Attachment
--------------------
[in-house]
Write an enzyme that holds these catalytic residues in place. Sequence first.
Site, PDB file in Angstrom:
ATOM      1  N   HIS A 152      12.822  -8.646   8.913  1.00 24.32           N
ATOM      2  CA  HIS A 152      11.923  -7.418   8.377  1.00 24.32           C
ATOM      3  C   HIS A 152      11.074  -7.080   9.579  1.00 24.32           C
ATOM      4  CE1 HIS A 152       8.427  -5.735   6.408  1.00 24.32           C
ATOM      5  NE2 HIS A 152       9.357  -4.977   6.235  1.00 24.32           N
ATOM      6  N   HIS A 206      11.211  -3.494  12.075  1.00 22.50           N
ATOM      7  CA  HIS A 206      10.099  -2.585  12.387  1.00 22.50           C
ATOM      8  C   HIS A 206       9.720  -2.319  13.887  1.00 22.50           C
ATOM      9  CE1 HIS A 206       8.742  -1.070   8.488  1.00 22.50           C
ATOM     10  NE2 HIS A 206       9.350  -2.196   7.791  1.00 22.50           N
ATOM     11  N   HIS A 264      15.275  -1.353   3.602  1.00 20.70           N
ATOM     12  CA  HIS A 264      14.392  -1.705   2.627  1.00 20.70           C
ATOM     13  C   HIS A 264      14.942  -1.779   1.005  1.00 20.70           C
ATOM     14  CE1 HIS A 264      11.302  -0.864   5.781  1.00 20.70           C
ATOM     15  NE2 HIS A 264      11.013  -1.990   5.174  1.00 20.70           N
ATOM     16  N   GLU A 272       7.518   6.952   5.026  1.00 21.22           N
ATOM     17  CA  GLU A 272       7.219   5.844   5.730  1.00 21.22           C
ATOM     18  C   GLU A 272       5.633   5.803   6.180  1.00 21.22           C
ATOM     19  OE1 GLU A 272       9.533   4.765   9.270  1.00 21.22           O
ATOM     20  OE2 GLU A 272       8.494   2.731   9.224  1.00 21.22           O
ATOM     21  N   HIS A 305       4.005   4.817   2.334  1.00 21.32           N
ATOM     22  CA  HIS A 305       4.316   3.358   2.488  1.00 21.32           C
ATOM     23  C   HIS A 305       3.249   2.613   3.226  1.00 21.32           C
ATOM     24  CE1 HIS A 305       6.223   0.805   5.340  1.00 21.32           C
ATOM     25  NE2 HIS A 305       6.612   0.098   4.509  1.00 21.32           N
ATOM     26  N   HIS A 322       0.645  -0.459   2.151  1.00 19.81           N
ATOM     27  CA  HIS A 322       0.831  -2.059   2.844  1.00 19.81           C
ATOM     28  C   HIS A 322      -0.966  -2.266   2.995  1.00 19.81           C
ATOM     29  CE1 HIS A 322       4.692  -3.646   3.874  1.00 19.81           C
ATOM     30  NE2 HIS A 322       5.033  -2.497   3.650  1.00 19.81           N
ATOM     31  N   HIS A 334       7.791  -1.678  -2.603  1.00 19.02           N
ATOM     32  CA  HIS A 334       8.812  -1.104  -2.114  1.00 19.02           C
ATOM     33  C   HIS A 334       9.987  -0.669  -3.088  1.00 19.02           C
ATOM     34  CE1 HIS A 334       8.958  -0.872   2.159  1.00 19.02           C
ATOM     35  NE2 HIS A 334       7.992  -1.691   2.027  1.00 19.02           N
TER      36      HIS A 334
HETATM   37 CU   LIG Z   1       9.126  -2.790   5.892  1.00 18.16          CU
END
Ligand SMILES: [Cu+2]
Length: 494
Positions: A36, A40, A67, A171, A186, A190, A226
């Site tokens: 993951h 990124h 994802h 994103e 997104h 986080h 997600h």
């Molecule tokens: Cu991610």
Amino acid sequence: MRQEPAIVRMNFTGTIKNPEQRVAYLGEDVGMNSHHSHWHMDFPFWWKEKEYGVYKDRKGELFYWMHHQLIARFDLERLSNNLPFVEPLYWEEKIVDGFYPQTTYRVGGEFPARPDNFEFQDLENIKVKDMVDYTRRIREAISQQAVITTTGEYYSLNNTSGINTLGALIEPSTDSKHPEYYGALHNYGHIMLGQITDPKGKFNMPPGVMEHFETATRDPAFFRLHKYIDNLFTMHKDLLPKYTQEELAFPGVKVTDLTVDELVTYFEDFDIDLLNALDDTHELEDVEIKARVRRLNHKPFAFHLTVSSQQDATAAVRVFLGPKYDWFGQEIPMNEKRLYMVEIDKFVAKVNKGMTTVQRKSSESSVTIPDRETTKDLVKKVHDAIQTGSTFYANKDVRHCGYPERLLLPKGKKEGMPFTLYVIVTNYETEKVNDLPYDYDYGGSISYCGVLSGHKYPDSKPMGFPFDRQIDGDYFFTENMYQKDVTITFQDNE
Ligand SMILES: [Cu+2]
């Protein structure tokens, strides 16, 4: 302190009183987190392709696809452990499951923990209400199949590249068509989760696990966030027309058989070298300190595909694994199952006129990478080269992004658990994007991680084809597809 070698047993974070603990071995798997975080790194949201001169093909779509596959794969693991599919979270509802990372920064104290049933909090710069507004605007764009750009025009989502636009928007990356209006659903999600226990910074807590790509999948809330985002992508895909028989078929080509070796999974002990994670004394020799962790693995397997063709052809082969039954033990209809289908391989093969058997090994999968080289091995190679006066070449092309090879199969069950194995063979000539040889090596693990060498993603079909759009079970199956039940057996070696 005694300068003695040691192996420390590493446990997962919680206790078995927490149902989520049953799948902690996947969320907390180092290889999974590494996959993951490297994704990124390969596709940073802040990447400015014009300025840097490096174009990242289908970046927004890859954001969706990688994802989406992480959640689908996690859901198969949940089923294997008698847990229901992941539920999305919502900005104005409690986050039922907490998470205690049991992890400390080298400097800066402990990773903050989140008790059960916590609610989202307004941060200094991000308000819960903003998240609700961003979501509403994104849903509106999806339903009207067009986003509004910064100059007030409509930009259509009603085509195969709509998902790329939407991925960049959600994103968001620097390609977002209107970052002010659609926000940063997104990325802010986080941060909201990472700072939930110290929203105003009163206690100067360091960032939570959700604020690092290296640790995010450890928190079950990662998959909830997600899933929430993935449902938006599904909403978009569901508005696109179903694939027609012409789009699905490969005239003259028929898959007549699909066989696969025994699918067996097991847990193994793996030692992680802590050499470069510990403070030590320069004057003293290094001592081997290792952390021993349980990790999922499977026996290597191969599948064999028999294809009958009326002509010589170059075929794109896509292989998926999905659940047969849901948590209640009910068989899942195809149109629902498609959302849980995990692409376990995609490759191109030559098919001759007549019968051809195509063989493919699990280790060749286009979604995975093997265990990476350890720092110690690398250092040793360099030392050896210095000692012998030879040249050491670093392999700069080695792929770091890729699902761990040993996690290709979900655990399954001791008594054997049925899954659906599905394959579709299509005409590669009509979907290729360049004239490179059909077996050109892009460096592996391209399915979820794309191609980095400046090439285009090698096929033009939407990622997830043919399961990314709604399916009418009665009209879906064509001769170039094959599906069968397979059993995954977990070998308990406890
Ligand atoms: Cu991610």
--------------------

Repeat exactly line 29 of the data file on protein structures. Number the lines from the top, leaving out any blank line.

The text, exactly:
ATOM     26  N   HIS A 322       0.645  -0.459   2.151  1.00 19.81           N